More Than Six
or Playing the Notes Other Guitars Cannot Reach, by James R. Smith

1. Intro | 2. Guitar Types | 3. Strings | 4. Learning | 5. Repertoire | 6. Conclusion | This article was originally published in Classical Guitar Magazine

3. Strings

Strings for ten-string tenor, terz, alt and arch guitars are readily obtainable. The catalogues of Aranjuez, La Bella, D'Addario, Hannabach and Pyramid contain the lists of relevant types, and the latter two offer customising services in addition to standard items. Some particular pieces of information will assist practical aspects. While the treble strings of any make for a six-string guitar will fit a 65cm scale ten-string, because of the length of the head, a number of makes do not have the necessary length to enable use to be made of the three bass for this length of scale. Aranjuez offer a ten string Yepes set with copper-coloured seventh string. This 7th-C is an especially valuable string, readily tuning to D, and still producing a good sound when down-tuned to A. Thus, it is possible (from four packets, or by special order) to have an all copper set of basses for baroque tuning, a point to be elaborated in the next section. For tenor ten-string guitars, I have found that instrument response is better with higher tension strings. It is possible to tune even a 65cm scale in G, and while low-tension strings can achieve this, it is better practice to use, for example, the lighter rectified nylon types. This will mean making up sets individually using supplier tension information to obtain a reasonably uniform tension across the strings corresponding approximately to high tension strings in E-tuning. However, it is most important to realise that high-tension or even medium tension sets for E-tuning of a 65cm scale guitar should NEVER be used for tuning in G a guitar of this scale length, or even only a couple of centimetres less. Any attempt to do this will result not only in string breakage, but place unacceptably high loads on the bridge, sound-board and strutting, with the likelihood of severe damage, if not immediately, then with the passage of time. It is always worth seeking the instrument maker's advice in this regard.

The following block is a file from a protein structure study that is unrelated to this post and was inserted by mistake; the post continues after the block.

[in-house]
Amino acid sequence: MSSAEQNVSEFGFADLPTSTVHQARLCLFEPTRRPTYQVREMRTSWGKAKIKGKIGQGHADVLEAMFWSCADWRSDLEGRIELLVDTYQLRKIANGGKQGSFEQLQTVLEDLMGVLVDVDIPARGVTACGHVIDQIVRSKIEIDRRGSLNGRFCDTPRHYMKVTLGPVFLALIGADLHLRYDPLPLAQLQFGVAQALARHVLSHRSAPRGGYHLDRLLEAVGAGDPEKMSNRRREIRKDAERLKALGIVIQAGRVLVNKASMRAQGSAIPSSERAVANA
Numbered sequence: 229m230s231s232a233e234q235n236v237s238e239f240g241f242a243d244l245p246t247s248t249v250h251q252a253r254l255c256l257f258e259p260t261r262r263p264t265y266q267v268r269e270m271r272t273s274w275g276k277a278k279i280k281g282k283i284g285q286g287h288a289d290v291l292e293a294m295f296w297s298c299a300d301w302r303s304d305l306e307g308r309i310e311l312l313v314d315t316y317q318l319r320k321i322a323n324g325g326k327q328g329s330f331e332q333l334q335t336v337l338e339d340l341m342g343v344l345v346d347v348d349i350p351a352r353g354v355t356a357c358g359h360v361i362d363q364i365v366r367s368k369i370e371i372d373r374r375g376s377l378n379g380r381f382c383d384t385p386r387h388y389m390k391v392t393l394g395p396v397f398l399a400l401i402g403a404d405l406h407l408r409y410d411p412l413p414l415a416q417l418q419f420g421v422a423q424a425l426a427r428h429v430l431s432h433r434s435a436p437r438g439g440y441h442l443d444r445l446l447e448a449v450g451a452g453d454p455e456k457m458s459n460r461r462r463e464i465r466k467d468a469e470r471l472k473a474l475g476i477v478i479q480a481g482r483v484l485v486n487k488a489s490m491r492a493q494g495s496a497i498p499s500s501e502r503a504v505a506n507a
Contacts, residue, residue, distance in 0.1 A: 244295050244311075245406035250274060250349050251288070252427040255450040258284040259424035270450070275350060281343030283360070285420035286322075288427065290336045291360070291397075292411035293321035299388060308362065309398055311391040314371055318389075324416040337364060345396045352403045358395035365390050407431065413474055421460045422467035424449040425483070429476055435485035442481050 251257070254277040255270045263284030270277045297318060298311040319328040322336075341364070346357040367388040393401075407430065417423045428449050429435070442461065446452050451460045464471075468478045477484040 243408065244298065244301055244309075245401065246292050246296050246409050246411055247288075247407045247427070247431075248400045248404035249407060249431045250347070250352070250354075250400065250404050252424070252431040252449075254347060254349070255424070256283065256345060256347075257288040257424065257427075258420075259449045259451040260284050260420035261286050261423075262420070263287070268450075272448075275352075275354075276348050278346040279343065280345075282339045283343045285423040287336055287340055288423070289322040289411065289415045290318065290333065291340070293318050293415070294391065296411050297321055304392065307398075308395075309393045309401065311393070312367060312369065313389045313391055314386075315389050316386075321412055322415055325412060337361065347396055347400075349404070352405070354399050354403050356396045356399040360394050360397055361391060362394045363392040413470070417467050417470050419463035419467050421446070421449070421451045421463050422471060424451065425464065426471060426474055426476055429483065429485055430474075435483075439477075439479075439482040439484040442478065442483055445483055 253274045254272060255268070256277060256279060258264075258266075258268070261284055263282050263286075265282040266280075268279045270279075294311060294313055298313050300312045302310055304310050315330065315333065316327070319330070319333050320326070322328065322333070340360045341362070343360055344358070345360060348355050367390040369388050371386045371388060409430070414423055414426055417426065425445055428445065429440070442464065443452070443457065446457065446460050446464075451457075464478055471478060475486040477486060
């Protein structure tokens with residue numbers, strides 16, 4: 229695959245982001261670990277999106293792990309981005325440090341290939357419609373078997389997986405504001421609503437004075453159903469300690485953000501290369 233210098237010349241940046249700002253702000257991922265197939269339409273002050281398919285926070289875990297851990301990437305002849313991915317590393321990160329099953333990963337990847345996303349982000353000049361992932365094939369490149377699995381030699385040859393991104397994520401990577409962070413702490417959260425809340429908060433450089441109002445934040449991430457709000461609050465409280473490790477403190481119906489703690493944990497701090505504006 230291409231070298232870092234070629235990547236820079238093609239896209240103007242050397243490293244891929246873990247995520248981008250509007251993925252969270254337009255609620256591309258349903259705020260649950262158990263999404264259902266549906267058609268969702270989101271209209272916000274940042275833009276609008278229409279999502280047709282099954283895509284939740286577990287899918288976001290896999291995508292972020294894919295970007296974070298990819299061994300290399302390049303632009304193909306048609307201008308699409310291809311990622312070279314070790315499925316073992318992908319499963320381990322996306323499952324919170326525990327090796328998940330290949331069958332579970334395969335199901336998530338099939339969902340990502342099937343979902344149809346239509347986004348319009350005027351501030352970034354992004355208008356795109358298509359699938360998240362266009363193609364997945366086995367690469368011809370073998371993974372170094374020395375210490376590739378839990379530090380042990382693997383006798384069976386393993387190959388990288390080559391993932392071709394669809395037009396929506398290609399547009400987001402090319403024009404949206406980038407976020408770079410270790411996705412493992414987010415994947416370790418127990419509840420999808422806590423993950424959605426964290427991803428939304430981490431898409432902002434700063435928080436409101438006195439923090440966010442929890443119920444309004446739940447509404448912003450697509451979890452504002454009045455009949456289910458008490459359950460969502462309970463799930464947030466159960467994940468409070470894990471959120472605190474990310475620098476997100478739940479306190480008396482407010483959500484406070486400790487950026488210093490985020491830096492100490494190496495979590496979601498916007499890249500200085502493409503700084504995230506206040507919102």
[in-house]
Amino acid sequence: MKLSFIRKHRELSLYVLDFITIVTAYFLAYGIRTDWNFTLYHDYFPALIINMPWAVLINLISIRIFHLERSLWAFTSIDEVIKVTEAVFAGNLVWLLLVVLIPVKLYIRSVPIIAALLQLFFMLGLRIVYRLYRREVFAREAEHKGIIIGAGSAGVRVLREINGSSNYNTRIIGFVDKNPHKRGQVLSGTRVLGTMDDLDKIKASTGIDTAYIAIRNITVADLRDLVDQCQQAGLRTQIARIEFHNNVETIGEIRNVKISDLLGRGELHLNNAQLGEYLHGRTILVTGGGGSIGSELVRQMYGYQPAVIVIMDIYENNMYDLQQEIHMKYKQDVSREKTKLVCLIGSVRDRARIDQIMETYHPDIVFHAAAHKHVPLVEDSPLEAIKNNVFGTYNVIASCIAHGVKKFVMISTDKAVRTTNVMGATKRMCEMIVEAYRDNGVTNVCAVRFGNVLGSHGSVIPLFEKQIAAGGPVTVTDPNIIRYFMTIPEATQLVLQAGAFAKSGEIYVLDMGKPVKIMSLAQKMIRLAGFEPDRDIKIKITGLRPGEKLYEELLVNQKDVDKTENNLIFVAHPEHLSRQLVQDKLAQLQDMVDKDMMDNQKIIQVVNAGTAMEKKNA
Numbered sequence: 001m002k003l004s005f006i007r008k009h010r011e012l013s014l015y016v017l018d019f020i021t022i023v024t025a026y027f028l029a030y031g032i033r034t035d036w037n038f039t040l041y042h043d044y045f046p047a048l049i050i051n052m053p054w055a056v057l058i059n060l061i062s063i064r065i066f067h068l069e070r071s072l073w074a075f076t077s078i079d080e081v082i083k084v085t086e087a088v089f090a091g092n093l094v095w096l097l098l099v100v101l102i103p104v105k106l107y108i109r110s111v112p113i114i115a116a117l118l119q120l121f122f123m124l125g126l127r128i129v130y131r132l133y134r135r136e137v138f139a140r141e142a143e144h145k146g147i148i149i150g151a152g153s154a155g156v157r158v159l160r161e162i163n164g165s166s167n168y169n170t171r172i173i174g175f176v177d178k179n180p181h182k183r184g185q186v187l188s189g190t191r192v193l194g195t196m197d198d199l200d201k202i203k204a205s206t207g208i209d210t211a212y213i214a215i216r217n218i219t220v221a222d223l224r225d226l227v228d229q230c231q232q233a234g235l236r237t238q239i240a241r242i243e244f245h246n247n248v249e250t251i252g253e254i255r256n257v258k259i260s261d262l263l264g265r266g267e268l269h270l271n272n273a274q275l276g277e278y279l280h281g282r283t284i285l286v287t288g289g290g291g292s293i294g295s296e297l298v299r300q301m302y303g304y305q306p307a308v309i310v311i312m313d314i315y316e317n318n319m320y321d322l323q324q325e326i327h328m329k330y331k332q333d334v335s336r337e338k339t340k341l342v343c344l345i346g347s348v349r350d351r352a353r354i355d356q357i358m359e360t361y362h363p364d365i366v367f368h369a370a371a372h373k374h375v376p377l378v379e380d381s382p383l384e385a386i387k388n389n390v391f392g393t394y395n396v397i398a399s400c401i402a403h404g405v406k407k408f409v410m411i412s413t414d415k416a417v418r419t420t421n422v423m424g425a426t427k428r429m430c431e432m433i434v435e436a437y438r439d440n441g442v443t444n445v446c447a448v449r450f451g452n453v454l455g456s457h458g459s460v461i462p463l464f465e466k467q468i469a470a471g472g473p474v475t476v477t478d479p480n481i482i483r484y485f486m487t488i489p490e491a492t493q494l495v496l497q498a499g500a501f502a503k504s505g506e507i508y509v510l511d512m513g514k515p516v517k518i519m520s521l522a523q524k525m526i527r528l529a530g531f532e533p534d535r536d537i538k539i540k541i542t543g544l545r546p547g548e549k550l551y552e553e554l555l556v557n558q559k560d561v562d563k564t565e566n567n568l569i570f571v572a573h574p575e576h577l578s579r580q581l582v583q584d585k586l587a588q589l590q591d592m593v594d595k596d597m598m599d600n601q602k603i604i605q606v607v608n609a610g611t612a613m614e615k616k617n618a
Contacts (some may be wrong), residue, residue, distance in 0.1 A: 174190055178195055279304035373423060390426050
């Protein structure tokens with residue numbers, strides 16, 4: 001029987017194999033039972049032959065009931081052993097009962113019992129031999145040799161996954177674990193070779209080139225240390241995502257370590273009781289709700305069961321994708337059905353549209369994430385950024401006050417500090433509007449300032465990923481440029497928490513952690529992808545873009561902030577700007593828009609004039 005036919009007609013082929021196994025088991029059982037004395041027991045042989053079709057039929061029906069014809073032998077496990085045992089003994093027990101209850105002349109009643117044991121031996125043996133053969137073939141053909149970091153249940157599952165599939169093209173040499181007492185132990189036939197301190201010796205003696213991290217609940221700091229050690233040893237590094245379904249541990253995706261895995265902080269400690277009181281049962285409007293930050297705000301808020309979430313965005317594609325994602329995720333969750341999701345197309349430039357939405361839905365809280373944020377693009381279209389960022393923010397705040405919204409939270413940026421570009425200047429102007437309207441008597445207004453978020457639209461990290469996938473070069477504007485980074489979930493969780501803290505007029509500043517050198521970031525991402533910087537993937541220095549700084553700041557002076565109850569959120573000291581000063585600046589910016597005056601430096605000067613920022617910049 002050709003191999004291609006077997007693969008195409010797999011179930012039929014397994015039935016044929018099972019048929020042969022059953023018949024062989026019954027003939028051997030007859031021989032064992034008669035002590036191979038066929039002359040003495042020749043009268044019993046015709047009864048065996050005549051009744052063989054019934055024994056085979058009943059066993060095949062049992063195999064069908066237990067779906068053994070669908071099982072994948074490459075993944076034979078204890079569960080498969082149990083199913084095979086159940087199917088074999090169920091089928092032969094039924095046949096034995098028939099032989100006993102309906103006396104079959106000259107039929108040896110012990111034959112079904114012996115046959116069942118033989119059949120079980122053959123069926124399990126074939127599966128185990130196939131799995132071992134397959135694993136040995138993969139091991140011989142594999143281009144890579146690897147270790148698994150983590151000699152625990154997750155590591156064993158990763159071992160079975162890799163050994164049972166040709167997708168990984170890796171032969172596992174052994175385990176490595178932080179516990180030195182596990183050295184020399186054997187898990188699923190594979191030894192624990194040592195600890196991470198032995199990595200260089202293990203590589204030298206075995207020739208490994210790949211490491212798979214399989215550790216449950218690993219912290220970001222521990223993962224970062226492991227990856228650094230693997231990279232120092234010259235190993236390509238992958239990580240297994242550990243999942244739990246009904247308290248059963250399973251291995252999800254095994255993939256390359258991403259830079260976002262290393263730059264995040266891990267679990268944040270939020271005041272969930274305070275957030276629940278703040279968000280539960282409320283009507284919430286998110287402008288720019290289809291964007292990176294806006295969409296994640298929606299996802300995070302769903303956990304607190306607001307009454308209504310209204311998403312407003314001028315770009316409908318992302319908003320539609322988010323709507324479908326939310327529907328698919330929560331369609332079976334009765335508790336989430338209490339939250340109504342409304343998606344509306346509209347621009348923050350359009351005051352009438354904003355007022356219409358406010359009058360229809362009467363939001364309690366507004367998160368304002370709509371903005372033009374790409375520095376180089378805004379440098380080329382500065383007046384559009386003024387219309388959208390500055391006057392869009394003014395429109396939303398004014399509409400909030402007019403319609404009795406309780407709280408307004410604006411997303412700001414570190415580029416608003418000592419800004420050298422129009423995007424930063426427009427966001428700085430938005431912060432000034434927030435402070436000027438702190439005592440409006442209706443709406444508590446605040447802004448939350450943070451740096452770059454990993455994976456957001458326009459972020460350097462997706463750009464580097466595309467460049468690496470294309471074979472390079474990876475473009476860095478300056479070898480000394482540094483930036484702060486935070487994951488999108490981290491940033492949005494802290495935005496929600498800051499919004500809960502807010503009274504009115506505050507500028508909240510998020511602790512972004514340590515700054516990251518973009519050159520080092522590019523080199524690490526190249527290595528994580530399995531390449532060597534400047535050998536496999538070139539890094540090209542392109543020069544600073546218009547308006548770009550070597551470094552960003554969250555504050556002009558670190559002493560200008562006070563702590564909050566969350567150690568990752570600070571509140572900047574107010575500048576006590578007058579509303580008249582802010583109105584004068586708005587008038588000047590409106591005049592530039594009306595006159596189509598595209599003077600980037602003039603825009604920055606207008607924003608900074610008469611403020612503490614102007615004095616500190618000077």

Tuning a standard tenor guitar in G, while producing a bright sound with ­ for a ten-string ­ a good bass, does not produce a typical terz sound, the sound board is too big. I am indebted to Peter Rueffer for the observation that a tenor can be significantly brightened without becoming brittle or unbalanced by tuning in F#, i.e., at the second fret of an E-tuned instrument. This works well with both six and multi-string guitars. Interestingly, this tuning is probably close to G-tuning in the renaissance. Again, it is recommended that string sets are obtained from a specialist supplier. The equivalent of baroque tuning for a ten-string in F# is

7th ­ E, 8th ­ D or D#, 9th ­ C#, 10th ­ B1.

NEXT | 1. Intro | 2. Guitar Types | 3. Strings | 4. Learning | 5. Repertoire | 6. Conclusion

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